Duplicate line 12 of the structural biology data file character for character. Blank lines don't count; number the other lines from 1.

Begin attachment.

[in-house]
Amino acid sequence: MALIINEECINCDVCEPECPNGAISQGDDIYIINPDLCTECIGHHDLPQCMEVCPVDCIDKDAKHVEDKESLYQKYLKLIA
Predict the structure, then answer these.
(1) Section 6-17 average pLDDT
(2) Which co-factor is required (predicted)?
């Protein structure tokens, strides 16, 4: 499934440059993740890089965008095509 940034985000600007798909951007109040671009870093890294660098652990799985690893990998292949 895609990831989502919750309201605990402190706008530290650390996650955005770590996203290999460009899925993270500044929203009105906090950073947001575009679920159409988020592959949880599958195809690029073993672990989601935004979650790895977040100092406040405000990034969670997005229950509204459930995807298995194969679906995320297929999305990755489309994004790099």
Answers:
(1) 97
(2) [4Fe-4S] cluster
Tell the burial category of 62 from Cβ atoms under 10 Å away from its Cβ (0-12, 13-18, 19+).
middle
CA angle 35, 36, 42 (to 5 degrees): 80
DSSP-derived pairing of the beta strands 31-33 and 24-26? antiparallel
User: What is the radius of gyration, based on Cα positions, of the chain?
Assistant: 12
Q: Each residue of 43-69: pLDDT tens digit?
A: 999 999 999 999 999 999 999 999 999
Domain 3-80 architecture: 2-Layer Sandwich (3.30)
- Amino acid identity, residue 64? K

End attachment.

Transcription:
CA angle 35, 36, 42 (to 5 degrees): 80